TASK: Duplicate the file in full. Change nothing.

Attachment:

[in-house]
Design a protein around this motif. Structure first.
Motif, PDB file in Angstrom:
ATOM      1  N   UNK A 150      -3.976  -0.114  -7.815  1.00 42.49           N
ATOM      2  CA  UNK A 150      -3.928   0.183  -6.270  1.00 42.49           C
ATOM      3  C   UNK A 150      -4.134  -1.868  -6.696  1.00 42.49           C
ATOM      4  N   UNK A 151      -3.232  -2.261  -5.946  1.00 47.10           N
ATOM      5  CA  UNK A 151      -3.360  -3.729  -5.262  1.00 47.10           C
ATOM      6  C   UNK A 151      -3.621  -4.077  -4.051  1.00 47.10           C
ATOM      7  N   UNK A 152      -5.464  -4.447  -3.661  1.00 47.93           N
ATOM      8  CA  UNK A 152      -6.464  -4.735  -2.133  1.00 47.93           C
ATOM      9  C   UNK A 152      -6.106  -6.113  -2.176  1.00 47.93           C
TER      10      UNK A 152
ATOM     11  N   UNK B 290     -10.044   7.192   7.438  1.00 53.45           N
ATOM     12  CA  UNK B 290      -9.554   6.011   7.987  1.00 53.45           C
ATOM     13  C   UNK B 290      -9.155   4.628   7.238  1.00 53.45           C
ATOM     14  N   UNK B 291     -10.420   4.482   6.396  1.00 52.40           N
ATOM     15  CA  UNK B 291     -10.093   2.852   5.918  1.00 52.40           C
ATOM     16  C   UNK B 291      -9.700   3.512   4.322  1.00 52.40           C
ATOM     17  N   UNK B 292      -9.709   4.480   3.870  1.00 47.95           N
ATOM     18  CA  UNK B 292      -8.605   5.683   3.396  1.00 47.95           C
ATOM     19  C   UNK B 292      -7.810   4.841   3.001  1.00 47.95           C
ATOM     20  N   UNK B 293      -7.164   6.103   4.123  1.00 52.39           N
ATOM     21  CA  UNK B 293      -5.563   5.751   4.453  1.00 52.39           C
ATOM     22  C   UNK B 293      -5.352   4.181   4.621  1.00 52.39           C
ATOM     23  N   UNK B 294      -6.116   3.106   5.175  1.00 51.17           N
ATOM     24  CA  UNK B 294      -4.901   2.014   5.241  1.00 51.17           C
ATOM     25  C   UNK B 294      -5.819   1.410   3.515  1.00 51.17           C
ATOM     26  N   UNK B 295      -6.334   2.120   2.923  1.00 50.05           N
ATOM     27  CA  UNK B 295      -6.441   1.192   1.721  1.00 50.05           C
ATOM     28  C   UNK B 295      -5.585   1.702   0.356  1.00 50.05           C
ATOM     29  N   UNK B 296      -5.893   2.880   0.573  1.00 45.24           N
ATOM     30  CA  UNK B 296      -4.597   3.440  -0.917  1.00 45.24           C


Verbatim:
[in-house]
Design a protein around this motif. Structure first.
Motif, PDB file in Angstrom:
ATOM      1  N   UNK A 150      -3.976  -0.114  -7.815  1.00 42.49           N
ATOM      2  CA  UNK A 150      -3.928   0.183  -6.270  1.00 42.49           C
ATOM      3  C   UNK A 150      -4.134  -1.868  -6.696  1.00 42.49           C
ATOM      4  N   UNK A 151      -3.232  -2.261  -5.946  1.00 47.10           N
ATOM      5  CA  UNK A 151      -3.360  -3.729  -5.262  1.00 47.10           C
ATOM      6  C   UNK A 151      -3.621  -4.077  -4.051  1.00 47.10           C
ATOM      7  N   UNK A 152      -5.464  -4.447  -3.661  1.00 47.93           N
ATOM      8  CA  UNK A 152      -6.464  -4.735  -2.133  1.00 47.93           C
ATOM      9  C   UNK A 152      -6.106  -6.113  -2.176  1.00 47.93           C
TER      10      UNK A 152
ATOM     11  N   UNK B 290     -10.044   7.192   7.438  1.00 53.45           N
ATOM     12  CA  UNK B 290      -9.554   6.011   7.987  1.00 53.45           C
ATOM     13  C   UNK B 290      -9.155   4.628   7.238  1.00 53.45           C
ATOM     14  N   UNK B 291     -10.420   4.482   6.396  1.00 52.40           N
ATOM     15  CA  UNK B 291     -10.093   2.852   5.918  1.00 52.40           C
ATOM     16  C   UNK B 291      -9.700   3.512   4.322  1.00 52.40           C
ATOM     17  N   UNK B 292      -9.709   4.480   3.870  1.00 47.95           N
ATOM     18  CA  UNK B 292      -8.605   5.683   3.396  1.00 47.95           C
ATOM     19  C   UNK B 292      -7.810   4.841   3.001  1.00 47.95           C
ATOM     20  N   UNK B 293      -7.164   6.103   4.123  1.00 52.39           N
ATOM     21  CA  UNK B 293      -5.563   5.751   4.453  1.00 52.39           C
ATOM     22  C   UNK B 293      -5.352   4.181   4.621  1.00 52.39           C
ATOM     23  N   UNK B 294      -6.116   3.106   5.175  1.00 51.17           N
ATOM     24  CA  UNK B 294      -4.901   2.014   5.241  1.00 51.17           C
ATOM     25  C   UNK B 294      -5.819   1.410   3.515  1.00 51.17           C
ATOM     26  N   UNK B 295      -6.334   2.120   2.923  1.00 50.05           N
ATOM     27  CA  UNK B 295      -6.441   1.192   1.721  1.00 50.05           C
ATOM     28  C   UNK B 295      -5.585   1.702   0.356  1.00 50.05           C
ATOM     29  N   UNK B 296      -5.893   2.880   0.573  1.00 45.24           N
ATOM     30  CA  UNK B 296      -4.597   3.440  -0.917  1.00 45.24           C